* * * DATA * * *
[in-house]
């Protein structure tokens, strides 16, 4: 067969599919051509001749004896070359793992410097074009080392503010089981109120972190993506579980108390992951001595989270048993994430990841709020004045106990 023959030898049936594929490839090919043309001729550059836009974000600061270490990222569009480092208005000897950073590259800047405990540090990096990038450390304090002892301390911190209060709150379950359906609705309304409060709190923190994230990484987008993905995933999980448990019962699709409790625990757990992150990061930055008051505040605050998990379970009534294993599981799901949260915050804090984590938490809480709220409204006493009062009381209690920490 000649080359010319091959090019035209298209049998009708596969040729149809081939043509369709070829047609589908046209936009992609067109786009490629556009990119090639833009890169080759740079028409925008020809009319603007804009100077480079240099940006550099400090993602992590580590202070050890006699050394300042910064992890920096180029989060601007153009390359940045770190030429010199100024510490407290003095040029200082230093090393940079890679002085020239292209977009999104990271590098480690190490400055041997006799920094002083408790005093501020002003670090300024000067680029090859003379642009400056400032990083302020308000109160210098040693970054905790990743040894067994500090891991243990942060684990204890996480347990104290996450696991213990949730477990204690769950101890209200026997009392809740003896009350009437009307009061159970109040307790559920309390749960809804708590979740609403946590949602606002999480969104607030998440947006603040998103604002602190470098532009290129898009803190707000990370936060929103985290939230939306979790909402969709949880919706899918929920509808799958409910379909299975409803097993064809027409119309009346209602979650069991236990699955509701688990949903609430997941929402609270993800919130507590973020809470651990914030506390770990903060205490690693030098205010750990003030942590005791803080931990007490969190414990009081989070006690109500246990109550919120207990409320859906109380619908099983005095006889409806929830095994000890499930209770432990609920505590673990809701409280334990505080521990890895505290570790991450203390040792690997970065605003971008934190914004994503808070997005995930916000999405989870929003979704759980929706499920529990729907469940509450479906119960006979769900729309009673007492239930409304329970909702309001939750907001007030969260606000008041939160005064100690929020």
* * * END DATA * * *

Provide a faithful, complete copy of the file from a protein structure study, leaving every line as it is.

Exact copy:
[in-house]
């Protein structure tokens, strides 16, 4: 067969599919051509001749004896070359793992410097074009080392503010089981109120972190993506579980108390992951001595989270048993994430990841709020004045106990 023959030898049936594929490839090919043309001729550059836009974000600061270490990222569009480092208005000897950073590259800047405990540090990096990038450390304090002892301390911190209060709150379950359906609705309304409060709190923190994230990484987008993905995933999980448990019962699709409790625990757990992150990061930055008051505040605050998990379970009534294993599981799901949260915050804090984590938490809480709220409204006493009062009381209690920490 000649080359010319091959090019035209298209049998009708596969040729149809081939043509369709070829047609589908046209936009992609067109786009490629556009990119090639833009890169080759740079028409925008020809009319603007804009100077480079240099940006550099400090993602992590580590202070050890006699050394300042910064992890920096180029989060601007153009390359940045770190030429010199100024510490407290003095040029200082230093090393940079890679002085020239292209977009999104990271590098480690190490400055041997006799920094002083408790005093501020002003670090300024000067680029090859003379642009400056400032990083302020308000109160210098040693970054905790990743040894067994500090891991243990942060684990204890996480347990104290996450696991213990949730477990204690769950101890209200026997009392809740003896009350009437009307009061159970109040307790559920309390749960809804708590979740609403946590949602606002999480969104607030998440947006603040998103604002602190470098532009290129898009803190707000990370936060929103985290939230939306979790909402969709949880919706899918929920509808799958409910379909299975409803097993064809027409119309009346209602979650069991236990699955509701688990949903609430997941929402609270993800919130507590973020809470651990914030506390770990903060205490690693030098205010750990003030942590005791803080931990007490969190414990009081989070006690109500246990109550919120207990409320859906109380619908099983005095006889409806929830095994000890499930209770432990609920505590673990809701409280334990505080521990890895505290570790991450203390040792690997970065605003971008934190914004994503808070997005995930916000999405989870929003979704759980929706499920529990729907469940509450479906119960006979769900729309009673007492239930409304329970909702309001939750907001007030969260606000008041939160005064100690929020």